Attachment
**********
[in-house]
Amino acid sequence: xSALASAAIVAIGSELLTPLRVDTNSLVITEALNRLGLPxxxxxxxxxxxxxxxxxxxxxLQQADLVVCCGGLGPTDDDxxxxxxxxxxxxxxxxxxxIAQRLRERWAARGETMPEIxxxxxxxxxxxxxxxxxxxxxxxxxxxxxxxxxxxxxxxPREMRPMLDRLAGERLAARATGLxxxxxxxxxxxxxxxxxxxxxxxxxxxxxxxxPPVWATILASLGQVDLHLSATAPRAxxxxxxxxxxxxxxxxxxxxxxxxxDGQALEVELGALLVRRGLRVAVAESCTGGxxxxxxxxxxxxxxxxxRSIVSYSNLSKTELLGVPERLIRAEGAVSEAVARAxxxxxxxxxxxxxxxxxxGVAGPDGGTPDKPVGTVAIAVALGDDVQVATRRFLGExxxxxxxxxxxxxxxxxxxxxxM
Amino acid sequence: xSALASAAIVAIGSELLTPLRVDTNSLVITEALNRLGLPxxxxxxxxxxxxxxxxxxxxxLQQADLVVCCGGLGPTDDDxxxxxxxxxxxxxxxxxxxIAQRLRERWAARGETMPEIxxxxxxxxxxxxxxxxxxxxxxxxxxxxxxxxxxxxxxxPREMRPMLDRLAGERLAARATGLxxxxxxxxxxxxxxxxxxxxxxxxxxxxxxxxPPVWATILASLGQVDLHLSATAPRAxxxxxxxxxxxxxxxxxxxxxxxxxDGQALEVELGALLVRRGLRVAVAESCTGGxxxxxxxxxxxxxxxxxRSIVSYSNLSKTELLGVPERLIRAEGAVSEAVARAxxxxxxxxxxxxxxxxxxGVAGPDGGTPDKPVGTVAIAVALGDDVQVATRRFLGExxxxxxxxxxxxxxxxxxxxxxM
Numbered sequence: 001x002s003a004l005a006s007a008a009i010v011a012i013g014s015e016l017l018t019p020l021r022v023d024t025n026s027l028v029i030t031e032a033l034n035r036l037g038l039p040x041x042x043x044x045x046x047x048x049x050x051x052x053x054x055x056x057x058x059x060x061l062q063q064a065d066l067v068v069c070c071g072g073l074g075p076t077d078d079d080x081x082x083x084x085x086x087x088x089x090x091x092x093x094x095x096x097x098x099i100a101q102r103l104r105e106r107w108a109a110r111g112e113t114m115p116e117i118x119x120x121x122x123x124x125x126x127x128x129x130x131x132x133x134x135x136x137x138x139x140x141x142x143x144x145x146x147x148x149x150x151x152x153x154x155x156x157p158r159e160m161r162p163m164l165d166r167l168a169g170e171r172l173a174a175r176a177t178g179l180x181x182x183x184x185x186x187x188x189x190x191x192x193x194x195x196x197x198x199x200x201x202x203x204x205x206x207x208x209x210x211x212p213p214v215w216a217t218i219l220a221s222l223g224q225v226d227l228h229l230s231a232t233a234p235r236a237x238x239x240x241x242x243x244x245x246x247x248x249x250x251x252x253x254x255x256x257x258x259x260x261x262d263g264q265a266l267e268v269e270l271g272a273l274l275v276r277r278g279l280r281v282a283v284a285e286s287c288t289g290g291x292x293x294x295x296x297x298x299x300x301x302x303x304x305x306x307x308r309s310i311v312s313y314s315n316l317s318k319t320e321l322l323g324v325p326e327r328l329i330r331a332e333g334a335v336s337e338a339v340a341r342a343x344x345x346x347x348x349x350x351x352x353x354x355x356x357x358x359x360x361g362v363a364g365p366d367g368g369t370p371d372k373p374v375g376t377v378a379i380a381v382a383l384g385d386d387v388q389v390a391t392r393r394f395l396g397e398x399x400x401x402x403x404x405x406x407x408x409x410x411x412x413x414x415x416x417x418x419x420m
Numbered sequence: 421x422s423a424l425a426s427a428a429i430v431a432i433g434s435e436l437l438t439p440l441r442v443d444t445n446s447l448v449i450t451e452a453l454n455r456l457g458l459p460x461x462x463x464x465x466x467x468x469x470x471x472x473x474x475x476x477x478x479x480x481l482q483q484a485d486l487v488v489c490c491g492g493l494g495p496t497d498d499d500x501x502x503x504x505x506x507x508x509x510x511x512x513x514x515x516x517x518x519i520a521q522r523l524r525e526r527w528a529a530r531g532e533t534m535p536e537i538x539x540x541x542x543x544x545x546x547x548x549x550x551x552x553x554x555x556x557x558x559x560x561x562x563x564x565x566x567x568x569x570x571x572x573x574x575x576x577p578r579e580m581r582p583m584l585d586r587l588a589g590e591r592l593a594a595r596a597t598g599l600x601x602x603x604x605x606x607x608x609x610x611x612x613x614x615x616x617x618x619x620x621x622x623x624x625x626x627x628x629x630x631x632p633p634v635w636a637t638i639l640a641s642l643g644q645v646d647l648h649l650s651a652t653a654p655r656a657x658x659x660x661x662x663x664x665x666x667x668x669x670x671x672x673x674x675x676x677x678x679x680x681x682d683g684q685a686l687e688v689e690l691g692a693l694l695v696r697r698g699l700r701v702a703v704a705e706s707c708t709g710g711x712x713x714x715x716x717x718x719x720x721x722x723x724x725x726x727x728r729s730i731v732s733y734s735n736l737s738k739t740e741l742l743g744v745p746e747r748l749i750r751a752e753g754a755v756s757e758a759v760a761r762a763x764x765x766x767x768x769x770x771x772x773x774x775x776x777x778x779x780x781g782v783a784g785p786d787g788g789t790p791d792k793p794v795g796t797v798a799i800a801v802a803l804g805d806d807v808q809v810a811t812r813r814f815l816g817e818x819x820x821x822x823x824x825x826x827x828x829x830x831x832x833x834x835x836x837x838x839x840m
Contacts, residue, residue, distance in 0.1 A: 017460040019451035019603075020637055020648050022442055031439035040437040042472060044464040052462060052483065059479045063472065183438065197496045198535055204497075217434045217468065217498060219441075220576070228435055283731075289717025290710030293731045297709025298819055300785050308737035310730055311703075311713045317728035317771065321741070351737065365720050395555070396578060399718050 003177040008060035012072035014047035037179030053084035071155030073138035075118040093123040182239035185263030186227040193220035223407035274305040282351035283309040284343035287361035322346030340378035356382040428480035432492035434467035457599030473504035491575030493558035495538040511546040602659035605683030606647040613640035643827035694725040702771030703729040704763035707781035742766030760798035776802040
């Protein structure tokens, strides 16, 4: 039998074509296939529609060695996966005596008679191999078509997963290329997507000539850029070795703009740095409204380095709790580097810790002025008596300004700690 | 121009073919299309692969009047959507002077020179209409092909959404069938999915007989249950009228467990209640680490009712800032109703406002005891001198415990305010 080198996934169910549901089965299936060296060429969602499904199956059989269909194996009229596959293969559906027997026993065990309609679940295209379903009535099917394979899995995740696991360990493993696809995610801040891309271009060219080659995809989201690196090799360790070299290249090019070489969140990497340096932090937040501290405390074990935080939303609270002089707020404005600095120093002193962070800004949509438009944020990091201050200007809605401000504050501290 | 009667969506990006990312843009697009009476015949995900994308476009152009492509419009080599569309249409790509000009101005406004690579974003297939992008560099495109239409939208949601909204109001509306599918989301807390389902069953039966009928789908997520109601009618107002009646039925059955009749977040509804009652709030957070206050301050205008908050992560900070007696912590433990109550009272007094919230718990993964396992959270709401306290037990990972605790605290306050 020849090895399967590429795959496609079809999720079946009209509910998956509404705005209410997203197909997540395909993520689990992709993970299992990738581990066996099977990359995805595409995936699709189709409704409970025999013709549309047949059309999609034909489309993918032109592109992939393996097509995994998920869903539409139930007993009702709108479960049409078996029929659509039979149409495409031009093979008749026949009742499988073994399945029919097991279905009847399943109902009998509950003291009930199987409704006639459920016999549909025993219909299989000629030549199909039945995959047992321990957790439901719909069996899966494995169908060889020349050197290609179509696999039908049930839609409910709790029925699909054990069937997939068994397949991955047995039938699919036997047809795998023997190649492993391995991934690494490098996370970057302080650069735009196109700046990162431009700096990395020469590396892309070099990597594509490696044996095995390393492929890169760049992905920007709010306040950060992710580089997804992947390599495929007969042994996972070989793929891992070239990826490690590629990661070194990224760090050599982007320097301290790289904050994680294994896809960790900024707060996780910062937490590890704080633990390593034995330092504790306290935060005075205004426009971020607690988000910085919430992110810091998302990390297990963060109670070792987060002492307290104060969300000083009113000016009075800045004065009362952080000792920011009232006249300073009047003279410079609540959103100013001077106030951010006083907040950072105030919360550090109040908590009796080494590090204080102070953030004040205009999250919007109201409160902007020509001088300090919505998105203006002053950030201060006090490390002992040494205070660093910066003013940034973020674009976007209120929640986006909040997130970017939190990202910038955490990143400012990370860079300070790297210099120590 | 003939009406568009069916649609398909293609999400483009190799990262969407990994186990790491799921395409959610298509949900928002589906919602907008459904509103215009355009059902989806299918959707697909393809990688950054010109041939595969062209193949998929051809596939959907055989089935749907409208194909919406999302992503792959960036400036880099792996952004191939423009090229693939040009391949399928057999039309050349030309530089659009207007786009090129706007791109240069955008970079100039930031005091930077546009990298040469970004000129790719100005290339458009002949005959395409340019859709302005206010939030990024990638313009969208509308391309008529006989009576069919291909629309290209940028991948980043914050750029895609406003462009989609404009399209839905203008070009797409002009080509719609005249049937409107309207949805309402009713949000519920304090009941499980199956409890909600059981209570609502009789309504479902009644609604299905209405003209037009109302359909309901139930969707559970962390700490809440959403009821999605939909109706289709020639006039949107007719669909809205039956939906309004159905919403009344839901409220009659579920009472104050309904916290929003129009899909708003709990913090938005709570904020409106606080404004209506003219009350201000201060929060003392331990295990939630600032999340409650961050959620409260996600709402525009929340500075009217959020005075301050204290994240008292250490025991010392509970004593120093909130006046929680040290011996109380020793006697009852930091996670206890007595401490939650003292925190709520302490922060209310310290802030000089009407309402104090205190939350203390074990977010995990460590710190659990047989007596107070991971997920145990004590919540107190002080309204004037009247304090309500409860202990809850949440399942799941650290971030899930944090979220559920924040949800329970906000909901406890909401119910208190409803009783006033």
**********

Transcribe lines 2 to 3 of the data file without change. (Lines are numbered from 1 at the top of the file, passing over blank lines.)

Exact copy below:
Amino acid sequence: xSALASAAIVAIGSELLTPLRVDTNSLVITEALNRLGLPxxxxxxxxxxxxxxxxxxxxxLQQADLVVCCGGLGPTDDDxxxxxxxxxxxxxxxxxxxIAQRLRERWAARGETMPEIxxxxxxxxxxxxxxxxxxxxxxxxxxxxxxxxxxxxxxxPREMRPMLDRLAGERLAARATGLxxxxxxxxxxxxxxxxxxxxxxxxxxxxxxxxPPVWATILASLGQVDLHLSATAPRAxxxxxxxxxxxxxxxxxxxxxxxxxDGQALEVELGALLVRRGLRVAVAESCTGGxxxxxxxxxxxxxxxxxRSIVSYSNLSKTELLGVPERLIRAEGAVSEAVARAxxxxxxxxxxxxxxxxxxGVAGPDGGTPDKPVGTVAIAVALGDDVQVATRRFLGExxxxxxxxxxxxxxxxxxxxxxM
Amino acid sequence: xSALASAAIVAIGSELLTPLRVDTNSLVITEALNRLGLPxxxxxxxxxxxxxxxxxxxxxLQQADLVVCCGGLGPTDDDxxxxxxxxxxxxxxxxxxxIAQRLRERWAARGETMPEIxxxxxxxxxxxxxxxxxxxxxxxxxxxxxxxxxxxxxxxPREMRPMLDRLAGERLAARATGLxxxxxxxxxxxxxxxxxxxxxxxxxxxxxxxxPPVWATILASLGQVDLHLSATAPRAxxxxxxxxxxxxxxxxxxxxxxxxxDGQALEVELGALLVRRGLRVAVAESCTGGxxxxxxxxxxxxxxxxxRSIVSYSNLSKTELLGVPERLIRAEGAVSEAVARAxxxxxxxxxxxxxxxxxxGVAGPDGGTPDKPVGTVAIAVALGDDVQVATRRFLGExxxxxxxxxxxxxxxxxxxxxxM